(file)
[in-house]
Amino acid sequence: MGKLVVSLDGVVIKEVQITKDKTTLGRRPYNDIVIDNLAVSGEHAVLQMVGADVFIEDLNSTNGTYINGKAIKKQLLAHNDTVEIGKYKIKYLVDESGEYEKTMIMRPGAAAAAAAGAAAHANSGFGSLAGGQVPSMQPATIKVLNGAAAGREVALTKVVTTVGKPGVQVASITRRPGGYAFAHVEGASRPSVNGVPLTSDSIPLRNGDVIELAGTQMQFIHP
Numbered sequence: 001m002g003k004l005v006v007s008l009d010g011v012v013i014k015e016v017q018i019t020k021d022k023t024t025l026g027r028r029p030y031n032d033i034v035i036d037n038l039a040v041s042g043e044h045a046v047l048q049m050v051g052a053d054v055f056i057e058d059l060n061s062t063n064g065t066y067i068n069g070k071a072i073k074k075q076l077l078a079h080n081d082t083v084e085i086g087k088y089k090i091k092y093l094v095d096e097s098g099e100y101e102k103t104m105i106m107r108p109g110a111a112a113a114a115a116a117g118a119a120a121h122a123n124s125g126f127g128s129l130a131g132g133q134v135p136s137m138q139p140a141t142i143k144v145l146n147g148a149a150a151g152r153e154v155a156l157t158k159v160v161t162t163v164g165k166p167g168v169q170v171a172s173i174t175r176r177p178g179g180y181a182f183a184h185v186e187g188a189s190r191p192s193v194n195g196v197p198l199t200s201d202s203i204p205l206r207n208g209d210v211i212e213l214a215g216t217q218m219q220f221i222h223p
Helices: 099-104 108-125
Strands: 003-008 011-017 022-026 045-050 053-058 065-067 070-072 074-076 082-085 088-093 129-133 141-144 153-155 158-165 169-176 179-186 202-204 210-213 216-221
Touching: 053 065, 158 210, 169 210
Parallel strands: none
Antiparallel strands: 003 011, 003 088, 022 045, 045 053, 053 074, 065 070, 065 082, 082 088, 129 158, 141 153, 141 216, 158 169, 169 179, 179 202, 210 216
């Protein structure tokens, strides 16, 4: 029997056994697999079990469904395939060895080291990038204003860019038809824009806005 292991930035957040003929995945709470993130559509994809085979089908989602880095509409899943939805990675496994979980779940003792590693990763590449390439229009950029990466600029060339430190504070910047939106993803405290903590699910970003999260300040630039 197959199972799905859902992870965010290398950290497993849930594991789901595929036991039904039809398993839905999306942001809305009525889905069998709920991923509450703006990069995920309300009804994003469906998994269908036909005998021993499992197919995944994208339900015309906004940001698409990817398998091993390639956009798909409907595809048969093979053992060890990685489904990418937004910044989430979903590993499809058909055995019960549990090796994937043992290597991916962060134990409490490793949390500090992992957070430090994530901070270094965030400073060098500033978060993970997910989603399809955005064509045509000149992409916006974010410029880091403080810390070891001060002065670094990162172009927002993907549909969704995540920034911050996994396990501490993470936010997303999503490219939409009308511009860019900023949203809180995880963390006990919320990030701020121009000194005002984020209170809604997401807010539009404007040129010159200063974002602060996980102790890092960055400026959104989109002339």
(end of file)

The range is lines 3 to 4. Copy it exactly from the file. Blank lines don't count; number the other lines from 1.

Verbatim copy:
Numbered sequence: 001m002g003k004l005v006v007s008l009d010g011v012v013i014k015e016v017q018i019t020k021d022k023t024t025l026g027r028r029p030y031n032d033i034v035i036d037n038l039a040v041s042g043e044h045a046v047l048q049m050v051g052a053d054v055f056i057e058d059l060n061s062t063n064g065t066y067i068n069g070k071a072i073k074k075q076l077l078a079h080n081d082t083v084e085i086g087k088y089k090i091k092y093l094v095d096e097s098g099e100y101e102k103t104m105i106m107r108p109g110a111a112a113a114a115a116a117g118a119a120a121h122a123n124s125g126f127g128s129l130a131g132g133q134v135p136s137m138q139p140a141t142i143k144v145l146n147g148a149a150a151g152r153e154v155a156l157t158k159v160v161t162t163v164g165k166p167g168v169q170v171a172s173i174t175r176r177p178g179g180y181a182f183a184h185v186e187g188a189s190r191p192s193v194n195g196v197p198l199t200s201d202s203i204p205l206r207n208g209d210v211i212e213l214a215g216t217q218m219q220f221i222h223p
Helices: 099-104 108-125